…with its German ancestory quite clear from the name, this is thought to the the forerunner of that famous American staple, the pot roast. In the history of Germany, there has never been a lack of of wood for cooking fuel. Therefore, many kinds of slow-cooked meats, boiled, braised and pot roasted, have achieved a permanent place on the German table. Among beef dishes, boiled beef with horseradish sauce, pot roast (Sunday favorites) and Sauerbraten are perhaps the most popular.
While it’s true to claim this dish as a forerunner of the American pot roast, it would be an error to assume it is pot roast’s sole ancestor. The Food Timeline rightly points out the Dutch Oven, English Bake Kettles, and the French Braise as other foods related to what later became the New England Boiled Dinner and then, the pot roast. The rest about the plentiful wood and slow cooking is spot-on; these techniques have much to do with making less desirable meats more palatable. While were on the subject, I should mention that Sauerbraten was once used as a recipe for horse meat (!) in parts of Germany. Just Food Now goes into some depth to explain why horse was once an important food source, if you’re interested in that sort of thing. I’m going to say neigh thanks…
3 lb. beef pot roast (I used venison here instead of beef, but game is not typically commercially available)
3/4 c. red wine
1 Tbsp. wine vinegar
1/4 Tbsp. pepper
2 tsp. prepared mustard
1 large bay leaf
1 tsp. thyme
dash of cloves
1 onion chopped
4 Tbsp. flour
2 Tbsp. butter
1 1/4 c. sour cream
1/4 c. gingersnaps (optional)
Sauerbraten may be prepared with top or bottom beef round, but boneless rump of beef is the best cut to use. Marinate meat in next 8 ingredients for 48 hours in refrigerator, turning it over from time to time. Simmer, covered in 350° oven for 1 1/2 hours, or until tender. (Option: Some sauerbraten recipes call for crushed gingersnaps; 15 minutes before the meat is done, add gingersnaps which have been crushed fine with a rolling pin.) Remove the meat and strain, saving the liquid.
In a saucepan, melt the butter. Stir in the flour. Cook until golden. Add strained marinade. Stir in sour cream. Heat, but do not boil.
To serve sauerbraten, slice and spoon some gravy over the meat slices. Serve with boiled or mashed potatoes or over parsley noodles. Serves 8 to 10. Additional dinner suggestions: red cabbage, orange beets and Black Forest cake.
Notes and Preparation
- A word on the serving size. I cooked a 2 1/2 pound roast and it yielded about 5 generous servings. That 8 to 10 seems like a stretch to me.
- I say the gingersnaps are absolutely essential. It just isn’t sauerbraten without that flavor included. Find the fresh ones from the bakery section of your grocery store.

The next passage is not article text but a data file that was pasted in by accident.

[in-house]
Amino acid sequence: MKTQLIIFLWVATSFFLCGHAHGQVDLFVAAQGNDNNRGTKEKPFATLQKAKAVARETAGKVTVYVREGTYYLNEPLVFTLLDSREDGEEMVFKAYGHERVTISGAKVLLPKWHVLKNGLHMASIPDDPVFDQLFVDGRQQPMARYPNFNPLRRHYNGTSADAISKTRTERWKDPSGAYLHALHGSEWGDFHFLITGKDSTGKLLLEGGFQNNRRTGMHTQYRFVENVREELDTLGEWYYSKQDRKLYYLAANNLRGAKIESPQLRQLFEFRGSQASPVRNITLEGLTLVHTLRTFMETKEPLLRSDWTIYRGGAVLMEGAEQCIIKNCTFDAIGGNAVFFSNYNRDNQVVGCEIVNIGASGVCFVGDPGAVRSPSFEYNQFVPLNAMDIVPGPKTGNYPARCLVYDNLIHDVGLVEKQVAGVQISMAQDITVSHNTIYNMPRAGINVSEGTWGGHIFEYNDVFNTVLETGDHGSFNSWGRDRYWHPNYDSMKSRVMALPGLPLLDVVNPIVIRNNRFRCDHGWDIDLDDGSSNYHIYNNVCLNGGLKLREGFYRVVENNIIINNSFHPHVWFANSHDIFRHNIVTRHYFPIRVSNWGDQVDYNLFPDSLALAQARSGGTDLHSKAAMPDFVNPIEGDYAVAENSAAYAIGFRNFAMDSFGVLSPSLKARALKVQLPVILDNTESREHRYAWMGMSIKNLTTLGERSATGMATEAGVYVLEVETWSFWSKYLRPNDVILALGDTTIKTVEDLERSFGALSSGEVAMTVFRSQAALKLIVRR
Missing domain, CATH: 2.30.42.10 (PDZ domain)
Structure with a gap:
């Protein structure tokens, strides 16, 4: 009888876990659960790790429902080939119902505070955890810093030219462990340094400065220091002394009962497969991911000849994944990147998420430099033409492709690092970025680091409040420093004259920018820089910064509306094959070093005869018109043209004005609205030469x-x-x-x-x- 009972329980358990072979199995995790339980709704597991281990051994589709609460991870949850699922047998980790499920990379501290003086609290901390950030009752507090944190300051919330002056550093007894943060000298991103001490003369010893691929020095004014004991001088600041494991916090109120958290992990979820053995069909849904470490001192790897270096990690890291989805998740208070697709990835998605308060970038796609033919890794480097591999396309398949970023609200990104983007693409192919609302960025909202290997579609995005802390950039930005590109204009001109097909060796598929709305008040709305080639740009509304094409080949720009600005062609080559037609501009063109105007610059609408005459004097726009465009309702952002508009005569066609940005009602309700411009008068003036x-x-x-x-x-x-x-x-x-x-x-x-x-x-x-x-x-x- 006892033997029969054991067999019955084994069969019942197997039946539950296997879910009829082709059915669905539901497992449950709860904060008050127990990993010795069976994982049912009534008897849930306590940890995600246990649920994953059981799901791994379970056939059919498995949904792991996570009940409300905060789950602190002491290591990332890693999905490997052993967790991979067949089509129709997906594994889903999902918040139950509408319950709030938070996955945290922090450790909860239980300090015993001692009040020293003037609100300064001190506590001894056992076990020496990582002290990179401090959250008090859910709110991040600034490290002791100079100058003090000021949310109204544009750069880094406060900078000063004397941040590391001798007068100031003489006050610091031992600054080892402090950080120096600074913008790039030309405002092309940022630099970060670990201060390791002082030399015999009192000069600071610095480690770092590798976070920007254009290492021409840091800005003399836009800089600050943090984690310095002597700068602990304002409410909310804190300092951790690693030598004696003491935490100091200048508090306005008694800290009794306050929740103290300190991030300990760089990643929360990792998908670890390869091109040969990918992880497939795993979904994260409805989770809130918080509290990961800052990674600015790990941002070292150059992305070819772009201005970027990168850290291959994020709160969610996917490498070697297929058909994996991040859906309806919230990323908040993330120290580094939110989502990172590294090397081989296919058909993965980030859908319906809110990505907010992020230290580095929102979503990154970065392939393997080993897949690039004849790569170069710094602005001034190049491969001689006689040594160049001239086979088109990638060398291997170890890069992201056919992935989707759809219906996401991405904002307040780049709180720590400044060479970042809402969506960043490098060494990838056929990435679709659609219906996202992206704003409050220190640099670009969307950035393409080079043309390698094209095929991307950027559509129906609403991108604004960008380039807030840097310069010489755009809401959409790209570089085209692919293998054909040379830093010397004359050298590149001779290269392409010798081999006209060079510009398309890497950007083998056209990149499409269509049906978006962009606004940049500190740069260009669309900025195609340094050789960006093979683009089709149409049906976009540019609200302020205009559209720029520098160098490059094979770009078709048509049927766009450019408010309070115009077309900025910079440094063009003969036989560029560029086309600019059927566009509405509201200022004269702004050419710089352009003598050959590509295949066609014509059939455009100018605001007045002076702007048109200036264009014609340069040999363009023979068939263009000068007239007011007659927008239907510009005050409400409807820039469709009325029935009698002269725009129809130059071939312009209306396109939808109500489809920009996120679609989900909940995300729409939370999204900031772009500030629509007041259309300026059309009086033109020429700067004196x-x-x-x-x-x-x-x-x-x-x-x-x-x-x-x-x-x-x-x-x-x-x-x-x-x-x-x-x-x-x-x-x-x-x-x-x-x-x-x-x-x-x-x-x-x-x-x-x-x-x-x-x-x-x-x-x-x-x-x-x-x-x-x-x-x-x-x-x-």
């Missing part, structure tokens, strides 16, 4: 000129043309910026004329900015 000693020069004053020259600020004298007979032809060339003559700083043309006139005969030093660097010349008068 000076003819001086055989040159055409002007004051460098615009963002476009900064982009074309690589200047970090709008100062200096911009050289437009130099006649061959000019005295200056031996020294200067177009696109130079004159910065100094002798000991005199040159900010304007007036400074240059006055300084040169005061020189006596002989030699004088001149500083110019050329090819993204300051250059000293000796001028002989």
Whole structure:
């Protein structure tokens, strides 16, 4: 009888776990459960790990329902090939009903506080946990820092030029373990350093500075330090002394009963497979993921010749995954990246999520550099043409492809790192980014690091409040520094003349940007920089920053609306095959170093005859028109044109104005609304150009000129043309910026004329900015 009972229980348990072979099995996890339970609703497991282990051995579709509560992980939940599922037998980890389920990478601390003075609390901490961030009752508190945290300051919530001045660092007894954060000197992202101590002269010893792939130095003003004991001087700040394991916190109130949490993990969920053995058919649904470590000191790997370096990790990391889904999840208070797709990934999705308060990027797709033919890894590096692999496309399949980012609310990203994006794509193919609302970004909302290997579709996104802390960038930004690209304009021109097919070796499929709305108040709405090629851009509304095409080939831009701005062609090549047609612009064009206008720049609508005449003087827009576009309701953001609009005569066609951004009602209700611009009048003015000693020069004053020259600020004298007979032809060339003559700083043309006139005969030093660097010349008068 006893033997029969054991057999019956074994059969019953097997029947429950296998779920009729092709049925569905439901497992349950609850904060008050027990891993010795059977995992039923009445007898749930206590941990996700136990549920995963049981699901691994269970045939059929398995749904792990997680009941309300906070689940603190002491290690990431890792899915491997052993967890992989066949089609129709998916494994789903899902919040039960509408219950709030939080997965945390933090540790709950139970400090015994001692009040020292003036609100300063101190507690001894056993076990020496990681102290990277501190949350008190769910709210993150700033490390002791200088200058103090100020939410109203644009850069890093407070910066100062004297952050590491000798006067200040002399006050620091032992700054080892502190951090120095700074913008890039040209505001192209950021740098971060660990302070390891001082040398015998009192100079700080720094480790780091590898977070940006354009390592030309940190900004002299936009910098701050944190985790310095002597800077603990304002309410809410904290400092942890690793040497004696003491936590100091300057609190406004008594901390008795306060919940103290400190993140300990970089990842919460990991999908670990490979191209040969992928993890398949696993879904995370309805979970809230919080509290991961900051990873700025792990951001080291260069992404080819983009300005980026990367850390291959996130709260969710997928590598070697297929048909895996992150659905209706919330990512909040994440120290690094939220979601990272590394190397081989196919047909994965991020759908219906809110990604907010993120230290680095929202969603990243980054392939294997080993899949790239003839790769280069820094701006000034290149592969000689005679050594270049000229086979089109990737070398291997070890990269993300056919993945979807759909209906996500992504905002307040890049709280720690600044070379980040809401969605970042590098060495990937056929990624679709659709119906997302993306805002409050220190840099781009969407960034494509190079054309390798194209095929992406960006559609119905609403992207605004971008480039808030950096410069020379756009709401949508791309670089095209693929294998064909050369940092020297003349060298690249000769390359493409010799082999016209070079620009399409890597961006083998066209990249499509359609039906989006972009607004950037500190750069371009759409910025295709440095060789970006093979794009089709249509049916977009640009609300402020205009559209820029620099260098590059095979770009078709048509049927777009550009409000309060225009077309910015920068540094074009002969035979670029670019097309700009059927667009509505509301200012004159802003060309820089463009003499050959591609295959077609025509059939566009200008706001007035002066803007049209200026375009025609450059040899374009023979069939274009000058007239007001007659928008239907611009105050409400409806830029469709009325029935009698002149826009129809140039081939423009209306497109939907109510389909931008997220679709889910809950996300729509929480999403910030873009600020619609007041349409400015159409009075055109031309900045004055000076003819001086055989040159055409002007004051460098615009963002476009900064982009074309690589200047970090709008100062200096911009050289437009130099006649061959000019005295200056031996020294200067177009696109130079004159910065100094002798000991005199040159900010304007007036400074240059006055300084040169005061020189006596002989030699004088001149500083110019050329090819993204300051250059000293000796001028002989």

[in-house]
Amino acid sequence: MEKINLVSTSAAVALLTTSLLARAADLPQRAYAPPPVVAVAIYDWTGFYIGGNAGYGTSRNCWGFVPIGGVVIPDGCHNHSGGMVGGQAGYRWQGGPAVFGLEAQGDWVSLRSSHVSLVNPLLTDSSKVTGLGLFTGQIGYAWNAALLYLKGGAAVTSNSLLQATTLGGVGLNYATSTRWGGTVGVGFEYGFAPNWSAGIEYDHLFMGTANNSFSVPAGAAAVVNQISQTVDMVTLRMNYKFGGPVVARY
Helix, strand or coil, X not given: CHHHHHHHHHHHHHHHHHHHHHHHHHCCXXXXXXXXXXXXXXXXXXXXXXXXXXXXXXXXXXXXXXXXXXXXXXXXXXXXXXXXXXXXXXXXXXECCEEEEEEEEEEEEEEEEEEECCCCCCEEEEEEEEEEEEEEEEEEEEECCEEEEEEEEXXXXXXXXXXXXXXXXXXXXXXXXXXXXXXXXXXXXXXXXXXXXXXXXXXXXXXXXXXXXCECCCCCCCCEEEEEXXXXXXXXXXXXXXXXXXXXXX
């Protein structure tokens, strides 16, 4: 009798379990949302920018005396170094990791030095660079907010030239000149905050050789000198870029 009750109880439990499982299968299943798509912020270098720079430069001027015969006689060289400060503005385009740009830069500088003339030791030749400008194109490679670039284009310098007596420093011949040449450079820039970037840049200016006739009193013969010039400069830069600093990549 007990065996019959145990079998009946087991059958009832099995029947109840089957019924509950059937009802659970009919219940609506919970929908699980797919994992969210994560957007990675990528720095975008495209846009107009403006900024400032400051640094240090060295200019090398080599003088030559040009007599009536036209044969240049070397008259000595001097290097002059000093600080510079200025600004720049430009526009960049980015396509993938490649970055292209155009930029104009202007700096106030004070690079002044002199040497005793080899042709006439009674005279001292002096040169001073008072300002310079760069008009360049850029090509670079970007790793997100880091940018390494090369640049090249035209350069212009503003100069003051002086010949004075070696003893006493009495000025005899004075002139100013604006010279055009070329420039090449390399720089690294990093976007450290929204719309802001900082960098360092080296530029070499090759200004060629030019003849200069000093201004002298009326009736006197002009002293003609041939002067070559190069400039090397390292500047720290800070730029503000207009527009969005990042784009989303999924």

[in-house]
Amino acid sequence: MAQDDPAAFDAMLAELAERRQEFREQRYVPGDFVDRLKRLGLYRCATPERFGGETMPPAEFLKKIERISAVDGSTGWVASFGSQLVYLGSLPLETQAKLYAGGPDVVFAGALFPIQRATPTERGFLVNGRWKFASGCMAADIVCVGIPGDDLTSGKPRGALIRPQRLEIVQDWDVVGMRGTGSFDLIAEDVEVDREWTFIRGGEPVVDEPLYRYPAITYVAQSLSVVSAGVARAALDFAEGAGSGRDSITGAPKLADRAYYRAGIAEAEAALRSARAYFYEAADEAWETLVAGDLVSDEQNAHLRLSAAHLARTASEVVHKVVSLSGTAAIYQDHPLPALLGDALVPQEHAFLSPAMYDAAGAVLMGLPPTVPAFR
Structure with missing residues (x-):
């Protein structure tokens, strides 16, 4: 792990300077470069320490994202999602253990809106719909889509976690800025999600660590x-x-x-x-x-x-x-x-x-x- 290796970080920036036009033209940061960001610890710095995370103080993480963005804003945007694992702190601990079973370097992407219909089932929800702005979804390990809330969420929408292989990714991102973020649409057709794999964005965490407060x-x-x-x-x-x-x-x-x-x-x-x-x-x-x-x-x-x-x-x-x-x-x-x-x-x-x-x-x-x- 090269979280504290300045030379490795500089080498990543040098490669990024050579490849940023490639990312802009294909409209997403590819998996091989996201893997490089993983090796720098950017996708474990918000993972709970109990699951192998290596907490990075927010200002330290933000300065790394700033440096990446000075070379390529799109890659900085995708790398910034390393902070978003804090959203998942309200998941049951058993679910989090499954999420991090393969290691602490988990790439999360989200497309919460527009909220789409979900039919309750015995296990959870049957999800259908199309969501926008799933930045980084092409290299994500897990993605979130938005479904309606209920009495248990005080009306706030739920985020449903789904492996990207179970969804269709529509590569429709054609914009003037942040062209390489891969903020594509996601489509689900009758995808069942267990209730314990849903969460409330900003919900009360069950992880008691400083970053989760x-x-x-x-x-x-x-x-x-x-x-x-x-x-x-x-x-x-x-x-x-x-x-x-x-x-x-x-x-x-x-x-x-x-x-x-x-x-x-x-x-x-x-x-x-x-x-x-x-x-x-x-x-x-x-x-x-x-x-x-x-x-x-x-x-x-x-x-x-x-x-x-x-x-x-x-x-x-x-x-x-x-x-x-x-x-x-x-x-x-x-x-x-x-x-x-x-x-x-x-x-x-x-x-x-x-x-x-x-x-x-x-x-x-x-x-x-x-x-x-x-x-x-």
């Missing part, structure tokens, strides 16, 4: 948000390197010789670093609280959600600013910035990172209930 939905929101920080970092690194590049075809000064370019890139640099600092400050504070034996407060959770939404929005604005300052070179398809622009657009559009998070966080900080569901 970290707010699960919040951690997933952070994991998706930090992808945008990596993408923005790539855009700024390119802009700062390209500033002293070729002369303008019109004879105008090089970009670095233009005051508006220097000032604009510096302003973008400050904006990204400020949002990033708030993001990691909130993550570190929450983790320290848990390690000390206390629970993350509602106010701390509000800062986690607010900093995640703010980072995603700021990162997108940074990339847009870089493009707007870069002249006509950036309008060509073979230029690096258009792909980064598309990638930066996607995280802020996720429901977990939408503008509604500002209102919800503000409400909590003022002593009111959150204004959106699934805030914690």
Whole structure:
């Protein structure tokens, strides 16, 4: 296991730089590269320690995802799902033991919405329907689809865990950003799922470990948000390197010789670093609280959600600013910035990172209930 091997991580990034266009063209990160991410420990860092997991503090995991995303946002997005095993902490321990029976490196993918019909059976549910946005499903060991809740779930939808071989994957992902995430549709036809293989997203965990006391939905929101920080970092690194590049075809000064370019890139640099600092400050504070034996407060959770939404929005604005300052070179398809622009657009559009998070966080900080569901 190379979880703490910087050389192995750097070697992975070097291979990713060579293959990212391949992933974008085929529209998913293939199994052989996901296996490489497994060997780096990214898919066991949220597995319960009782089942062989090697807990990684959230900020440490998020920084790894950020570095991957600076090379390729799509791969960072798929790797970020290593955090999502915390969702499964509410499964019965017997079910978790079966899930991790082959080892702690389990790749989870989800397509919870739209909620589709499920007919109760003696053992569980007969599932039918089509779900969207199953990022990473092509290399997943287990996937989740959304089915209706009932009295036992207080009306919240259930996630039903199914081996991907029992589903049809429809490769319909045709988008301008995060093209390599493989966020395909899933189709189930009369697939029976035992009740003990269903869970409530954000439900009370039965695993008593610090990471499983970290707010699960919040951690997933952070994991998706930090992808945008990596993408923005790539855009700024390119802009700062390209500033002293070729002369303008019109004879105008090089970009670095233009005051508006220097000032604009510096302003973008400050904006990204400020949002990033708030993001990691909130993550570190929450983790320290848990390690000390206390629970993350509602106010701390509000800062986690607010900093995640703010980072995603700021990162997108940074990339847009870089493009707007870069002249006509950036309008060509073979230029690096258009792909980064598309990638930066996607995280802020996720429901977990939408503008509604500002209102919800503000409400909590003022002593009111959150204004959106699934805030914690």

- I would add the sour cream to the sauce until desired texture is reached; it is more or less a white gravy.
- I skipped the noodles and mashed potatoes, but they would certainly be good.
- Those additional dinner suggestions are all amazing, and I hope to eat/share each one in the future. Real Black Forest cake is the business.
Some meat cooking basics: always preheat the oven; let the roast warm to room temperature before putting it in the oven; check it around an hour by cutting to sneak a look and do not let it over cook. When it seems to be 90% to your liking, remove it from the oven and cover it on a plate with tin foil. Give it a good 5 to 10 minutes to let it settle and finish cooking. We want to ease to the finish line with a cut like this or it will end up too tough.
Insanely good. The sharp and sour marinade compliments the distinct taste of game without trying to mask it. The sauce retains the flavor of butter, gingersnaps, and clove.
Combining this dish with red cabbage is irresistible; it has an eye-popping sweet and sour quality that pairs beautifully with the meat. The roasted vegetables also impart a sweetness and saltiness that fits right in.
Dean said he’s eaten venison his entire life, and this was the best venison roast he’s ever eaten. I’m glad and I agree. This meal was a decent amount of preparation and effort, but the result is so completely worth it. Plus, the leftovers somehow tasted magically better. We’ll call that Thanksgiving Dinner good. It’s a top pick!
This is a solid recipe. It is no surprise that it’s been passed down through the generations. I’d say you can’t screw it up unless you overcook it. If that worries you, a slow cooker would probably make it fool proof.
Kohlrabi is a variation of cabbage bred from artificial selection to represent a turnip with a round center stem. I first heard of it from a friend who had suggested it to me as an entry to Cannibal Sandwich. He had grown up with kohlrabi as a snack his Dad grew in the garden: raw and sliced thin like a chip, sprinkled with salt. It is common to German-speaking countries like all of the plants bred from the single species Brassica oleracea: Kale and collards, cauliflower, cabbage, Brussel sprouts, broccoli, and kohlrabi. A very old food source, cabbage was introduced to Europe from Asia around 600 BC. Cabbage became popular across Europe because it grows well in cold climates and stores easily. It also can be cultivated in a very fast 3 months. Check out the Cabbage Lore and Trivia page for just about everything you’d like to know about cabbage and its history. You’re welcome.
I remember my great aunt Betty reserving the heart of a cabbage to slice thinly and sprinkle with salt for a snack. I found that Kohlrabi tastes similar to this, but with more of a radish’s crunch. I would describe the flavor as very mild with a pleasant after bite that is familiar to a turnip. I’ve included some popular recipes below for making kohlrabi french fries, and I imagine that preparation must be delicious, if not for kohlrabi’s enhancement with a sprinkle of salt, sliced thinly. It is a wonderful, healthy snack I’d compare to Kale chips.